Last evening, Martha and Our Lady of Perpetual Crisis convened in our kitchen for a bout of tea drinking. I had promised OLPC that she would be provided with her favourite chai tea, however, Martha arrived first and announced firmly ” I hope you are not making chai, that yucky stuff that makes me gag!” So, for her, the kettle was put into service for some appropriate, bland herbal concoction and she sat with her own tea pot of the stuff. OLPC breezed in late, as is her habit. She sat with the pot of chai which she shared with Rumpole, who also prefers it to other sorts of tea.
OLPC launched into a description of the flood planning meeting at the hospital where she works as nurse. During this meeting, maps showing a worst case scenario flloding of the Fraser River showed how our Municipality might be isolated like an island from the municipality 20 kilometers to the west where her hospital is situated. In fact, our place was to be cut off from the nearest Eastern municipality where Martha works as a photography teacher. This also means that Rumpole would be prevented from going to his office in the town across the river from us which is accessible by 2 bridges or one ferry.
Martha’s younger brother is an RCMP officer in our town. He has kept up to date about emergency plans, quite detailed and elaborate, and Martha has been informing us as to how the anticipated flood might impact our lives. Even though where she, OLPC and Rumpole and I live are on high ground, we may lose electricity, water and sewer, and could be isolated for a number of days on an island surrounded by floodwaters.
OLPC poses a question to Martha. “What would you have to do if you were isolated at school, while at work, if the flood suddenly rose?” Martha thought about this awhile and discussed the possibility that she may have to stay in the school for a number of days with several hundred students, sleep in the gymnasium and eat cafeteria meals. As to whether or not she would have to work around the clock to occupy the students during such enforced isolation, she fervently hoped would not happen.
In response to this, OLPC told the tale of being sequestered in her elementary school with students and teachers during a three day snow storm which had caused a massive whiteout in her village back in Ontario one winter. She and the other kids thought this to be a total lark, a huge unexpected yet welcome adventure. They didn’t sleep for three nights, nor did the poor supervising teachers, who gave every indication of succumbing to nervous breakdowns near the end of this ordeal/adventure. Martha visibly shuddered and offered up for us to think about just how horrible it might be to be stuck in a large school with hundreds of hormonal teenagers, already chafing at the bit anticipating the end of the school year, the Prom, the unavoidable final exams. So far, she said, there were no concrete plans in place for her school being isolated by flood. Martha is a planner, examines every possibility, and trouble shoots in anticipation. She finds this lack of direction from the powers that be quite frustrating. “I just hope the river rises while I am still at home, not while at school” she states.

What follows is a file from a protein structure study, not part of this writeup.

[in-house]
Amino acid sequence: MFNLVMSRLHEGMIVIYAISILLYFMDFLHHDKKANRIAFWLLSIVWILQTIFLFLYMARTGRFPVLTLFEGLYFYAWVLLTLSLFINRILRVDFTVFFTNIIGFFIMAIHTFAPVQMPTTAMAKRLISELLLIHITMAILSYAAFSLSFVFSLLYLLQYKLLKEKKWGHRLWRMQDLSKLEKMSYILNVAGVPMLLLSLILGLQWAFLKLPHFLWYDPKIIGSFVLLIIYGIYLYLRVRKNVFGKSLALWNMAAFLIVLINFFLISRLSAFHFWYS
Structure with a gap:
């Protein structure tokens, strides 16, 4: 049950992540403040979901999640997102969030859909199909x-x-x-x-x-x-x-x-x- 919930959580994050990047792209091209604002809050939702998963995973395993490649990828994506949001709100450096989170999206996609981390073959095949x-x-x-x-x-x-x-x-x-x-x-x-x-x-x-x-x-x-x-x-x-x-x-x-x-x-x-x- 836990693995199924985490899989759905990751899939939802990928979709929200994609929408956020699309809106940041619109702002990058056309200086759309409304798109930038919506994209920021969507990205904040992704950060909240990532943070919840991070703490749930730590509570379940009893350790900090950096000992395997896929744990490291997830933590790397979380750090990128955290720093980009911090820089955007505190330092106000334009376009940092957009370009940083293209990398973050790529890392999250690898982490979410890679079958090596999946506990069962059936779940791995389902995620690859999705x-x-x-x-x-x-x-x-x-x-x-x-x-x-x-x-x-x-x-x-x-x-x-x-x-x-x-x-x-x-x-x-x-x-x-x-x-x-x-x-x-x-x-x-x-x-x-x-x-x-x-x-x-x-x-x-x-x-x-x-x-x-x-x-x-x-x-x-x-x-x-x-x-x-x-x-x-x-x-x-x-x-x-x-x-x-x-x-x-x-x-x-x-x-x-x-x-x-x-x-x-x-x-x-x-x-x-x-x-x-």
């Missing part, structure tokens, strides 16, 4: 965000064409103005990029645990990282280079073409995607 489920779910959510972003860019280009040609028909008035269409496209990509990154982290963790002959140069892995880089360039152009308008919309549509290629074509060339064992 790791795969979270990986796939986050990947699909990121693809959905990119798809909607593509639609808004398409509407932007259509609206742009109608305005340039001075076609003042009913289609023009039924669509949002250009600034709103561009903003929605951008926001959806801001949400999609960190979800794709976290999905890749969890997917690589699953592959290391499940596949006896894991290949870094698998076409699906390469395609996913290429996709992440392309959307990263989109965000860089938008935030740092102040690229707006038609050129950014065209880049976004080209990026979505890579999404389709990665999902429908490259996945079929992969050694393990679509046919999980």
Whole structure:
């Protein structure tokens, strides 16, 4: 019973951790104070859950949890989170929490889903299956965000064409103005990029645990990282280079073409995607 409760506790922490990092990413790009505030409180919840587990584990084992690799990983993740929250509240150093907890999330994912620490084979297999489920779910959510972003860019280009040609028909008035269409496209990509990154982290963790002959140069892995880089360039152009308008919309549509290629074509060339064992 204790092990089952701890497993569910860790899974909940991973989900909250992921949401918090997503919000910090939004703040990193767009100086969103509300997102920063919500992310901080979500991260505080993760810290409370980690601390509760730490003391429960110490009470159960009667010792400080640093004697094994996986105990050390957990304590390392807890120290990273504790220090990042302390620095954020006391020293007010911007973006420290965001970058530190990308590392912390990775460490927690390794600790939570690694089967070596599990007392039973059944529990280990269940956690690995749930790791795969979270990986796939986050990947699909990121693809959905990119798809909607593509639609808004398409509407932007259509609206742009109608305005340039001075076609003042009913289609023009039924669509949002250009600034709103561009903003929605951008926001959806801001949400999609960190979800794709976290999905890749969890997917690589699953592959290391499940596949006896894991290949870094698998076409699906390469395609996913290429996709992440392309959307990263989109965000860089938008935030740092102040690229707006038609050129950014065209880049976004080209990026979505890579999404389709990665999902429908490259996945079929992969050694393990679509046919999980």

OLPC’s hospital is staffed by people from all over the Eastern Lower Mainland’ north shore. Any workers prevented from going to work their shift by rising flood, would additionally stress an already understaffed hospital and the patients requiring its services. “The problems that would ensue boggles my imagination,” says OLPC.
When asked how he would handle going to work, Rumpole proposes that he may move into Vancouver for the short term and stay with his friend “Man of Science”. From there he could easily go to his office daily.
Since I do not work outside the house, I could be den mother, and ensure OLPC’s three just grown children might get along well if their Mother was stuck at her hospital. It just also might be possible that these kids would reciprocate this looking after by checking on me and other neighbours from time to time.
All of us have laid in adequate provisions to last for a couple of weeks. No one need go hungry and thirsty. We can also provide help for our immediate neighbours.
Rumpole and I are reassured that Renaissance Man, Glasgow Girl and Mousey are fully provisioned for this potential emergency, we just hope that the worst case scenario does not happen because many people will be adversely affected and much turmoil and discomfort will ensue for large number of our neighbours.
Martha walks daily by the river and notes its gradually rising waters. In many places where she habitually walks with her dog, the river banks have been eroded and shore trees have toppled. She is anxious about the potential massive flood. So are the rest of us, and we hope the melt of the massive snow-pack up country occurs gradually enough to allow the river to carry excess water to the ocean without causing a disaster in our little corner of the world.
We are prepared as well as it is possible to be ready.